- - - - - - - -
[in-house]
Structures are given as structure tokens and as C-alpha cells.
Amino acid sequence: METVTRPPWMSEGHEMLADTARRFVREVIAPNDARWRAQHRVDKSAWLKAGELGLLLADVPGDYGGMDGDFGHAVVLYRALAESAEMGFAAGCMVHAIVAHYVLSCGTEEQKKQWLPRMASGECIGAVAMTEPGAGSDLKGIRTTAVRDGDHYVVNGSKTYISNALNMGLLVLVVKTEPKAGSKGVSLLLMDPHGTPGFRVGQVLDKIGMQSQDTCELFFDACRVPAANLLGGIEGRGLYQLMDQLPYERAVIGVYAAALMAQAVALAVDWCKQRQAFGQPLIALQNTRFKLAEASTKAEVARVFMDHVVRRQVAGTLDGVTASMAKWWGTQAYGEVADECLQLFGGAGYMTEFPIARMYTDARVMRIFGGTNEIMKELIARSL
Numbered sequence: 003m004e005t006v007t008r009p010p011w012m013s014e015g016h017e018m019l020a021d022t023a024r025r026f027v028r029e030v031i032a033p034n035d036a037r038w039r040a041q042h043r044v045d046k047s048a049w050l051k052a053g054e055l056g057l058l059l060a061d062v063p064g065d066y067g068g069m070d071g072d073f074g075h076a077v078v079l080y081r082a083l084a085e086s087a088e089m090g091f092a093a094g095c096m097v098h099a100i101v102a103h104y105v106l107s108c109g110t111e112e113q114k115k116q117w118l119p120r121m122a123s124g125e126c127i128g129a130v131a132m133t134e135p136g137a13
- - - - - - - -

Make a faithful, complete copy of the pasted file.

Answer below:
[in-house]
Structures are given as structure tokens and as C-alpha cells.
Amino acid sequence: METVTRPPWMSEGHEMLADTARRFVREVIAPNDARWRAQHRVDKSAWLKAGELGLLLADVPGDYGGMDGDFGHAVVLYRALAESAEMGFAAGCMVHAIVAHYVLSCGTEEQKKQWLPRMASGECIGAVAMTEPGAGSDLKGIRTTAVRDGDHYVVNGSKTYISNALNMGLLVLVVKTEPKAGSKGVSLLLMDPHGTPGFRVGQVLDKIGMQSQDTCELFFDACRVPAANLLGGIEGRGLYQLMDQLPYERAVIGVYAAALMAQAVALAVDWCKQRQAFGQPLIALQNTRFKLAEASTKAEVARVFMDHVVRRQVAGTLDGVTASMAKWWGTQAYGEVADECLQLFGGAGYMTEFPIARMYTDARVMRIFGGTNEIMKELIARSL
Numbered sequence: 003m004e005t006v007t008r009p010p011w012m013s014e015g016h017e018m019l020a021d022t023a024r025r026f027v028r029e030v031i032a033p034n035d036a037r038w039r040a041q042h043r044v045d046k047s048a049w050l051k052a053g054e055l056g057l058l059l060a061d062v063p064g065d066y067g068g069m070d071g072d073f074g075h076a077v078v079l080y081r082a083l084a085e086s087a088e089m090g091f092a093a094g095c096m097v098h099a100i101v102a103h104y105v106l107s108c109g110t111e112e113q114k115k116q117w118l119p120r121m122a123s124g125e126c127i128g129a130v131a132m133t134e135p136g137a13